My niece used to have a pet rat. But it was white, and looked nothing like the rats that lived (we hope it’s past tense!) in the garage. Her rat’s name was Murphy; he lived well, let me tell you. The rats in the garage are known only by that label: we did NOT name them.

Our rats are almost certainly the result of a rat the cat brought in, and we didn’t get away from her in time. Sigh…. Luckily? It went to the garage, and didn’t move in to the pantry. Still, there were RATS. PLURAL. But I didn’t know for a while — it took the cat food disappearing out of the laundry room (where we feed her) for me to figure out there must be something else going on. Sophie is NOT a large cat.

And then… I saw its tail. Did I mention I was completely creeped out by the flick of that naked ratty tail slipping beneath the washer??

But you know what? I’m a Buddhist. One who no longer eats pigs, or veal, and feels guilty about the meat she does consume. One who carefully picks up spiders and carries them outside. Rescues wasps on brooms to put them outside. In other words, I did NOT want to kill a rat. Much less the three (so far!) who turned up…rat trap

Because rats aren’t ‘things’ to me, I have to tell you. They’re living beings, w/ babies, and mates, and households. And I’m quite certain several of you are shaking your heads in bemusement. The plague! You’re thinking. I know. But baby rats. You can’t KILL mommy & daddy (or baby) rats. So you have to buy a live trap.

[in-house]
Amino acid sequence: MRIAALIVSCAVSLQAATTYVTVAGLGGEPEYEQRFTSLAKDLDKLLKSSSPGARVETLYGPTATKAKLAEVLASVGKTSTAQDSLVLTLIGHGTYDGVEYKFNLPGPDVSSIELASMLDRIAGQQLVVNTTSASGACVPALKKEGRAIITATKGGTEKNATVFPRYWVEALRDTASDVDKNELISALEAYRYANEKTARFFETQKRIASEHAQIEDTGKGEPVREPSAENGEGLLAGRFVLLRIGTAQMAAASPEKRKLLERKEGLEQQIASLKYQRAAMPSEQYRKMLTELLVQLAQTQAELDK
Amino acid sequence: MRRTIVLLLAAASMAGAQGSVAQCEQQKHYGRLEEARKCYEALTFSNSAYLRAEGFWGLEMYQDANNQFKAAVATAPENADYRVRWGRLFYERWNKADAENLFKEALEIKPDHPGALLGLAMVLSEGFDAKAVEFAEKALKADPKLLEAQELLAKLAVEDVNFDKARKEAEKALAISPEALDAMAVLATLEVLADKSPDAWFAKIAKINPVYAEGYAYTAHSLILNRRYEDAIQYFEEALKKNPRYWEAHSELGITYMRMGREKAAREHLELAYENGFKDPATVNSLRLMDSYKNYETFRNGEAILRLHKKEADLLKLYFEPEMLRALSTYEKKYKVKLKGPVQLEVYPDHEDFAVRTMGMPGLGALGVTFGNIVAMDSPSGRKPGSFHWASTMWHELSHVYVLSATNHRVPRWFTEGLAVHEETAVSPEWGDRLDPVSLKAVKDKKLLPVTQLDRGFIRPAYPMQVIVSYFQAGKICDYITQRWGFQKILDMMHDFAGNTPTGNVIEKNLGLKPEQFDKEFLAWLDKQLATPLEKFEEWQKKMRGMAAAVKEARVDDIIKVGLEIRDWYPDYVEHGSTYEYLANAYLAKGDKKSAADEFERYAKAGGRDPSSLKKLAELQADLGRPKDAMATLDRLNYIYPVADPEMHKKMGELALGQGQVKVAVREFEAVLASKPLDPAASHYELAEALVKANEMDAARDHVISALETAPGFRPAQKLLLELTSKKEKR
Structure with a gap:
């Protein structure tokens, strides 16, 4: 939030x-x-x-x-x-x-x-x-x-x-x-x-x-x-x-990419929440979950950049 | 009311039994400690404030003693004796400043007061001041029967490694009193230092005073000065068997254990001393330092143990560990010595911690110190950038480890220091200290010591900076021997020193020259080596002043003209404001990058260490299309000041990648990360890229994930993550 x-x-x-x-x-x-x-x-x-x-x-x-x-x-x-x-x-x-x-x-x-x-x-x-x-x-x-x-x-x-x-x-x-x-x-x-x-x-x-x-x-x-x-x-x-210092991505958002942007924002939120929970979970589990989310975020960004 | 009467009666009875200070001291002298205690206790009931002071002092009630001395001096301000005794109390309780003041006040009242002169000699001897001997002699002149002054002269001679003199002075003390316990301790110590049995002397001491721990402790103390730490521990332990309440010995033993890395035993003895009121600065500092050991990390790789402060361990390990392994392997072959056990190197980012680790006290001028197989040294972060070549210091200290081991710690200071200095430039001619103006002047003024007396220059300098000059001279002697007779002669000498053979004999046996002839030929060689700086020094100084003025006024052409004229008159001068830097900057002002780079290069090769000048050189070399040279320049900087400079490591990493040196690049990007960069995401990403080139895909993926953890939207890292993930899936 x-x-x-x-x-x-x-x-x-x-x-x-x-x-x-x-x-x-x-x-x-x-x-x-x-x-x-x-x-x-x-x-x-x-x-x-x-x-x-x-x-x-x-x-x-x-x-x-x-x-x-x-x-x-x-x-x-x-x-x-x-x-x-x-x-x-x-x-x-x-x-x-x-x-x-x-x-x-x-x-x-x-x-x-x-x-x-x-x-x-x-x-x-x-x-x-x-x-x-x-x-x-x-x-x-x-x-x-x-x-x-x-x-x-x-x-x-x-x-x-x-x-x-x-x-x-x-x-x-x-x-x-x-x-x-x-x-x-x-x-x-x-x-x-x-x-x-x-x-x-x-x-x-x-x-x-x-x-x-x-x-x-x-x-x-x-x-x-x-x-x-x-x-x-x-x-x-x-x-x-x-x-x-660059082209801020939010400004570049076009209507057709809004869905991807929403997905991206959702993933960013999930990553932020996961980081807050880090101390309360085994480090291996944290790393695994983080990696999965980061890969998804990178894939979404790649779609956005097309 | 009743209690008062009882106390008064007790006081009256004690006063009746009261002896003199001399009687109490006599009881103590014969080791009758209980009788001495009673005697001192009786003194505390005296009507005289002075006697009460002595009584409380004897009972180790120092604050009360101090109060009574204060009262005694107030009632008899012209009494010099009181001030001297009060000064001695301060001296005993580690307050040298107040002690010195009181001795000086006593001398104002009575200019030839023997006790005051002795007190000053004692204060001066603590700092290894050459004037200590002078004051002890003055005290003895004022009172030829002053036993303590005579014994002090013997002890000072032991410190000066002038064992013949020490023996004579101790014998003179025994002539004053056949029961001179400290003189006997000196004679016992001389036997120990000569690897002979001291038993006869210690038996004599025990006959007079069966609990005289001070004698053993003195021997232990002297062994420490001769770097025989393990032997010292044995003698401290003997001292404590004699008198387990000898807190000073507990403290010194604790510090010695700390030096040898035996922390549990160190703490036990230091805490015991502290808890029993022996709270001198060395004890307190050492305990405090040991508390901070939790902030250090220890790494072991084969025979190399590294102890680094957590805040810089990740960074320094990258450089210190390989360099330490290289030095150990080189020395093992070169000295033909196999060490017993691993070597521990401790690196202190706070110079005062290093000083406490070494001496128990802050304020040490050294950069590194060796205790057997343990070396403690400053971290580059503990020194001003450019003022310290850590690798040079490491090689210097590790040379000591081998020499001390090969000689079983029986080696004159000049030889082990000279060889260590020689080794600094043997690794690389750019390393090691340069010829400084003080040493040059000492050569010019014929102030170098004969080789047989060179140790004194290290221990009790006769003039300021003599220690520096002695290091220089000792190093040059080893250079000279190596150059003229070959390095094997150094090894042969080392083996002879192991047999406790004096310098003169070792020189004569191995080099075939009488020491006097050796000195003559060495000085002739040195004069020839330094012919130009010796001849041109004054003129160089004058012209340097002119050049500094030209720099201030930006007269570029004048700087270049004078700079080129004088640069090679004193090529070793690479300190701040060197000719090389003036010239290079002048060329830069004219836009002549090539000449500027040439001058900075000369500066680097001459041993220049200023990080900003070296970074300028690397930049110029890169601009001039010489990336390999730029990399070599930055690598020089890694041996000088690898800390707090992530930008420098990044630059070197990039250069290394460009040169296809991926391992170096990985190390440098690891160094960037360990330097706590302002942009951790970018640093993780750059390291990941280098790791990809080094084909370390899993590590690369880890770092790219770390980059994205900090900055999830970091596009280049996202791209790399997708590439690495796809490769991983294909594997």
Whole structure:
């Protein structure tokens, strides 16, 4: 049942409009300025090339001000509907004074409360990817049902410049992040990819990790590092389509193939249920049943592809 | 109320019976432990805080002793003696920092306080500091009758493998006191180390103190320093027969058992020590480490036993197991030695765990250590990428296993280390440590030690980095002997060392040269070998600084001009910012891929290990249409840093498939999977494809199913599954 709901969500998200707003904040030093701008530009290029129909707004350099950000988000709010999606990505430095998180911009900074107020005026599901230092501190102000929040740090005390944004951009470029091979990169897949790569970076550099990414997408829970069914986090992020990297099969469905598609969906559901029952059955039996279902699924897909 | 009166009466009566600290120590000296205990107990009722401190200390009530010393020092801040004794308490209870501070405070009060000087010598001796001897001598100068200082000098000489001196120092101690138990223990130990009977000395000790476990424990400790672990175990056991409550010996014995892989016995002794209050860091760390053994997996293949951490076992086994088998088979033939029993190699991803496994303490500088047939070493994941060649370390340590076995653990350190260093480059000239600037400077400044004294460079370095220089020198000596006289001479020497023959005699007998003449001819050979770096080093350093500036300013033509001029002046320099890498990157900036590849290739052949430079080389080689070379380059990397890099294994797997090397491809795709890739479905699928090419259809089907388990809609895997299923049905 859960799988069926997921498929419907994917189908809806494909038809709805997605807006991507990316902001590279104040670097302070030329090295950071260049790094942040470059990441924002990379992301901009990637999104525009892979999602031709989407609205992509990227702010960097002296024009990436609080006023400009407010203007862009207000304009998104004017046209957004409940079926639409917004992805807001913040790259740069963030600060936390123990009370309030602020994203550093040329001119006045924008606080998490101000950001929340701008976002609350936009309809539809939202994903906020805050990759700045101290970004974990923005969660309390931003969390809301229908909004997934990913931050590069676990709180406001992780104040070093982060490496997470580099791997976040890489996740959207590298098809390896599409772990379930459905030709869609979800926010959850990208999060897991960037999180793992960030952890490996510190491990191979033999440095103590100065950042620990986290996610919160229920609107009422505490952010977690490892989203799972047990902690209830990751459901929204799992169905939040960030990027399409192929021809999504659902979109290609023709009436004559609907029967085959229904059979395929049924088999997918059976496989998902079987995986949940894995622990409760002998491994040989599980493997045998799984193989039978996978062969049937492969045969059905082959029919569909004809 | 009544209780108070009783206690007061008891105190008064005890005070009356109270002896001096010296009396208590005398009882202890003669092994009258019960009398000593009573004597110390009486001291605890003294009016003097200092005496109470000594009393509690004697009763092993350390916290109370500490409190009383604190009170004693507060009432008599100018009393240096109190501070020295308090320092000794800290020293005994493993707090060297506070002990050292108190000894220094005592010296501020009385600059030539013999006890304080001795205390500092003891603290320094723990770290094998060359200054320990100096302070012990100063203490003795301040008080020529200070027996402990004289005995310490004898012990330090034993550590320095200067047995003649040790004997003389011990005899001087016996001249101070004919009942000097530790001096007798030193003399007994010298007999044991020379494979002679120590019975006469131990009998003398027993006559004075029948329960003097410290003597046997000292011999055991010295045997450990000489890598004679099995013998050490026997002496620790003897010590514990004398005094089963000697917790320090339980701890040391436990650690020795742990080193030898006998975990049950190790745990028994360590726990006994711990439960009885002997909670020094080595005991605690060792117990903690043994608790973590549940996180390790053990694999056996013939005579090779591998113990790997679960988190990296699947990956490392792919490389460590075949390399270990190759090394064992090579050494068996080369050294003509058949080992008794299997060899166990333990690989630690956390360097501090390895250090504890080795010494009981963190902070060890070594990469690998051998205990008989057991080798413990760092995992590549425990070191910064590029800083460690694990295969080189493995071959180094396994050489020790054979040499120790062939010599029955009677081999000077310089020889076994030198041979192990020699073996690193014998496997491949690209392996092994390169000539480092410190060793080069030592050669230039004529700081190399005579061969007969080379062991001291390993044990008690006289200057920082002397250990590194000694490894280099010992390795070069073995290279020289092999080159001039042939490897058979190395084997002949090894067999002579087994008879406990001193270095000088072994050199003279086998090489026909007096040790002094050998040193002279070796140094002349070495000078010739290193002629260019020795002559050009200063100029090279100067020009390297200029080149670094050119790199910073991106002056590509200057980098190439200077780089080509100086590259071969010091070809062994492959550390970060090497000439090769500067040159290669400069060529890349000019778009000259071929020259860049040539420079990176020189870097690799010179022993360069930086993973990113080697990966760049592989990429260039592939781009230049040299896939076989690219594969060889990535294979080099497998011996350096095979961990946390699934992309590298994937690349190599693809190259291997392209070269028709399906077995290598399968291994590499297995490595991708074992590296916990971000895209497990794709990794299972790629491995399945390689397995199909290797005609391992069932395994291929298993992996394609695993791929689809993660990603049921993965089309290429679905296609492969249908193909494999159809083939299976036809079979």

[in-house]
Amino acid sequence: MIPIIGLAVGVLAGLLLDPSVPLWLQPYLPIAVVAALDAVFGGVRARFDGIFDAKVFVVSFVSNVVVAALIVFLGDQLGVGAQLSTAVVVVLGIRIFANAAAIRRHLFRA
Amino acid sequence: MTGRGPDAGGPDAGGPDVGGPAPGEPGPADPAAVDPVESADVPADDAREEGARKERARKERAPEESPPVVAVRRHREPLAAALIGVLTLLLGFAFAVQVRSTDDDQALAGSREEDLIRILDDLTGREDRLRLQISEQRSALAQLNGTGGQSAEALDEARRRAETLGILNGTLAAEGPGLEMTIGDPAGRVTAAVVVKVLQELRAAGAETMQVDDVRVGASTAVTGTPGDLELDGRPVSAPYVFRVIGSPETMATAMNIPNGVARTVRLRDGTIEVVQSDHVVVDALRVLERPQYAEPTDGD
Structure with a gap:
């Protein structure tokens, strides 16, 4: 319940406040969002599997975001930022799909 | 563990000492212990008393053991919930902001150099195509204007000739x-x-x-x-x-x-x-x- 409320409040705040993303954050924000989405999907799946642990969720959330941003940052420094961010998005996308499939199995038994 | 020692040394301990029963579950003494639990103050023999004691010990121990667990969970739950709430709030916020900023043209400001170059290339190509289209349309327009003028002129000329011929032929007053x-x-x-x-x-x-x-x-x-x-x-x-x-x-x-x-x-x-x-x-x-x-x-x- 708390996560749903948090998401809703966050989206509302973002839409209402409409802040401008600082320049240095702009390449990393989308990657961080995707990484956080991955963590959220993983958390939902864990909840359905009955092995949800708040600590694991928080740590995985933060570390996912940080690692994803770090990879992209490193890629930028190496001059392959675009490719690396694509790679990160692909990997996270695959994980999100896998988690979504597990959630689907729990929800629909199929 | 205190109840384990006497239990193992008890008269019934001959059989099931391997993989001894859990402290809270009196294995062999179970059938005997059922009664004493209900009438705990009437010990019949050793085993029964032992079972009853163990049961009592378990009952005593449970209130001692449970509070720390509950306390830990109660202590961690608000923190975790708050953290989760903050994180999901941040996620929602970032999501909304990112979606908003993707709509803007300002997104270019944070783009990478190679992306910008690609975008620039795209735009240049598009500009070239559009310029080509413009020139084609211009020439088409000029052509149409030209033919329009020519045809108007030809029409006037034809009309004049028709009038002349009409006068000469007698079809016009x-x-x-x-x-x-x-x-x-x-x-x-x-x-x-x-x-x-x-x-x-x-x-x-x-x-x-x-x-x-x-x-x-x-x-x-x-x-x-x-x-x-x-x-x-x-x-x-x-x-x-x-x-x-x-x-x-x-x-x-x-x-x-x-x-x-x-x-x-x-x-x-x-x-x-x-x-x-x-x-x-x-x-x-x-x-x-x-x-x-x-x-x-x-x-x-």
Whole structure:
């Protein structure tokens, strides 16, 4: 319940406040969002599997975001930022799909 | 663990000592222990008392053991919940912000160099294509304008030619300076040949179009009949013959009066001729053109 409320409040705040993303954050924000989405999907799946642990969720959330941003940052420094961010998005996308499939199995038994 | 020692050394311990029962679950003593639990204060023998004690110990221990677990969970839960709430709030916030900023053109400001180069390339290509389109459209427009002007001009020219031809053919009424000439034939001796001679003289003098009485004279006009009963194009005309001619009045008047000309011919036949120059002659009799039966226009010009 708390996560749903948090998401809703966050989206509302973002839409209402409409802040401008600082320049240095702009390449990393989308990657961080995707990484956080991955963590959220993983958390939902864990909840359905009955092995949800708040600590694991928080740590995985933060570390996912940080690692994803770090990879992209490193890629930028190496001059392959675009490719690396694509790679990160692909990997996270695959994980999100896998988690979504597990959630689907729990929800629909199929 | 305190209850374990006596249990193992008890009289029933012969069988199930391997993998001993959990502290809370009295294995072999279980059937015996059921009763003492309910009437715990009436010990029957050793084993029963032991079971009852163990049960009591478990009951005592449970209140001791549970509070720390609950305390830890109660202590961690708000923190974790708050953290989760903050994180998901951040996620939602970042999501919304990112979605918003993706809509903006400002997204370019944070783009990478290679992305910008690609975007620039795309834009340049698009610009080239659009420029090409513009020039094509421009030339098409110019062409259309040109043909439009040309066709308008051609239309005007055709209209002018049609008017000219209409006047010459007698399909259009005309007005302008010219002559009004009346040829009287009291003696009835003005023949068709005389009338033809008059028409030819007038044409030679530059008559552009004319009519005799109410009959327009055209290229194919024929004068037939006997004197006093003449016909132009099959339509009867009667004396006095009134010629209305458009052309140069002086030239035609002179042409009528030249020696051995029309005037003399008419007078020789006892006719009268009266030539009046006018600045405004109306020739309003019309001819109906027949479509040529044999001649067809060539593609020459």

As the most fortunate of animal lovers, I give thanks that my beloved indulges me. He baited the live trap (three times!) with cat food. Obviously, our rats think natural cat chow is a delicacy. And each time we caught a rat, we made the trip to the nearby park and released it.

I know this will seem crazy to many people, but I am the product of a childhood in which the connected, web-bedness of all life was made clear to me over & over. As I watched the monks sweep the paths before them carefully, gently, trying not to step on the many ground insects, I learned that even bugs deserve their tiny lives. I still believe this, although I’m not nearly as good as the monks were.

But I can rescue three rats, and take them to wild. Even if the hawk catches these town rats, it’s part of the natural cycle, and better than poison or pain traps. And it makes me feel at least a very little bit more compassionate. Which is worth far more than the $24.99 the Havahart trap cost.